When Ayaan was born, I was completely unprepared for the way that a child comes and wraps his little self around your heart in a way that you couldn’t tear him out unless you tore out your very heart itself.
That being said, I don’t think I was a natural-born mother. I was pretty matter-of-fact through my first pregnancy – for me, the baby inside me existed at a conceptual level and I found it hard to relate to it as a real person – so I didn’t really talk to or read to Ayaan in utero and when a friend mine said of his unborn child that he already loved it more than anything or anyone else in the world, my response was ‘Really?!’
Even once Ayaan was born and placed into my arms as a squalling bundle, I wasn’t one of those instantaneous mothers – I felt no immediate bond, nor did I have any overwhelming emotional response (like bursting into tears, for example). I think my first response could best be summed up as ‘Hmmmm…’
Thankfully for Ayaan, biology took over and while I still wasn’t feeling the much talked about ‘mother-child bond’, a feeling of immense protectiveness kicked in. Here was a little human being who depended on me to nourish and soothe him and there was no question of letting him down. So for about three months, I was almost on auto-pilot – feeding, rocking, changing diapers – taking care of the little fella’s physical needs. And then one day about three months into the journey, the little fella in question looked into my eyes while I was feeding him and smiled and then Boom! And the rest, as they say, is history.
It took its while coming but after the initial phase, I’ve lived through motherhood pretty intensely. As far as I am concerned, the world pretty much revolves around Ayaan. And so the question begs to be asked. Will I be able to feel this way all over again and find as much love to give again or will my poor second child have to learn to be happy with leftovers?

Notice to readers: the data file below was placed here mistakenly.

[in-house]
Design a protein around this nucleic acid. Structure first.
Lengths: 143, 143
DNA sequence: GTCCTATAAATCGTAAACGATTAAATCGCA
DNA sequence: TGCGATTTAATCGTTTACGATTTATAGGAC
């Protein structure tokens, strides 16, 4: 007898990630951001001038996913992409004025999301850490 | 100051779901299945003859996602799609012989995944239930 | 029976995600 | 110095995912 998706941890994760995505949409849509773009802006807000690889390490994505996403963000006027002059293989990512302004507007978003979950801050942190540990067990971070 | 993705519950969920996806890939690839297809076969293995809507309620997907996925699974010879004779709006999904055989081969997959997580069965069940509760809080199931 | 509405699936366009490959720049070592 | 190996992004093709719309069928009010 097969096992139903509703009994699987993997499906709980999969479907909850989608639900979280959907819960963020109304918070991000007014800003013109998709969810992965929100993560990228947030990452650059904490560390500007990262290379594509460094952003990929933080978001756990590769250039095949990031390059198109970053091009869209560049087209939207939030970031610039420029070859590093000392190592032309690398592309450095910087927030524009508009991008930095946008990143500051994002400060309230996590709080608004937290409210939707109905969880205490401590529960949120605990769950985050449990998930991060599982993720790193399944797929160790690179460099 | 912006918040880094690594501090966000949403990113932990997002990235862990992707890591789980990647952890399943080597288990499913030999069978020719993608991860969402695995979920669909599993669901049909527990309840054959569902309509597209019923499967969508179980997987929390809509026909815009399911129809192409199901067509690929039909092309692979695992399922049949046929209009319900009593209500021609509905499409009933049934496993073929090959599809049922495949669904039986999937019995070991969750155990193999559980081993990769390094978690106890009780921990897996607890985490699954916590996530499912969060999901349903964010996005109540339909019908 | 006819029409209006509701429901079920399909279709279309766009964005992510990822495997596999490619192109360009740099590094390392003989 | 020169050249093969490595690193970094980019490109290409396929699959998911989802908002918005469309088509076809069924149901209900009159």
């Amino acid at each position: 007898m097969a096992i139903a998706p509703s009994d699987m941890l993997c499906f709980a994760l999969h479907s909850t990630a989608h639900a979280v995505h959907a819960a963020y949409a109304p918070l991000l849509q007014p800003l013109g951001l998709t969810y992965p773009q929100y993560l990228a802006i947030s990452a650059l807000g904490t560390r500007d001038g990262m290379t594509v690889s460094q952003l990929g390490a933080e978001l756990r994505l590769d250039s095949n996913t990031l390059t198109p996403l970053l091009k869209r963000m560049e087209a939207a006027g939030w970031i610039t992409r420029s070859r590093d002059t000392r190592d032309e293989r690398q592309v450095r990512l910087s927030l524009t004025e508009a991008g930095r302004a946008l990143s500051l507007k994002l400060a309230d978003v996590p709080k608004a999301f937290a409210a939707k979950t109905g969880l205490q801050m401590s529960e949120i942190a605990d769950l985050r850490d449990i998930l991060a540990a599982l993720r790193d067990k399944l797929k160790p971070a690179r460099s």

I am cherishing and appreciating this pregnancy a lot more than the last one because I know this is my last opportunity to feel little feet kicking inside me, amongst other wonderful (and not-so-wonderful) pregnancy experiences. But like the last time, the baby itself continues to be a concept to me. The person who I can talk to and relate to is the darling four year old who lives in my real world. And so all my plans for the forthcoming months revolve around him rather than the new baby who will soon join us…
- By this time in my first pregnancy, the baby’s paraphernalia was being planned in full swing. Copious lists had been made, nappy material was bought and sent off to Jaipur to be stitched, the crib was decided on, clothes and other baby gear were bought and so on and so forth. This time I do have a lot of stuff left from Ayaan’s time (or so I keep telling myself but I am yet to take stock), but I haven’t gotten around to doing much else to prepare for the baby’s arrival. The preparations this time have been focussed in an altogether different direction – preparing Ayaan for the big change that is going to happen in his life. So we talk about the baby a lot. And focus on the many positives – like me being home all day for six months, like him getting to open all the presents the baby gets since the baby can’t open them itself, like how the baby will learn how to do everything from his big brother and other such myriad stuff.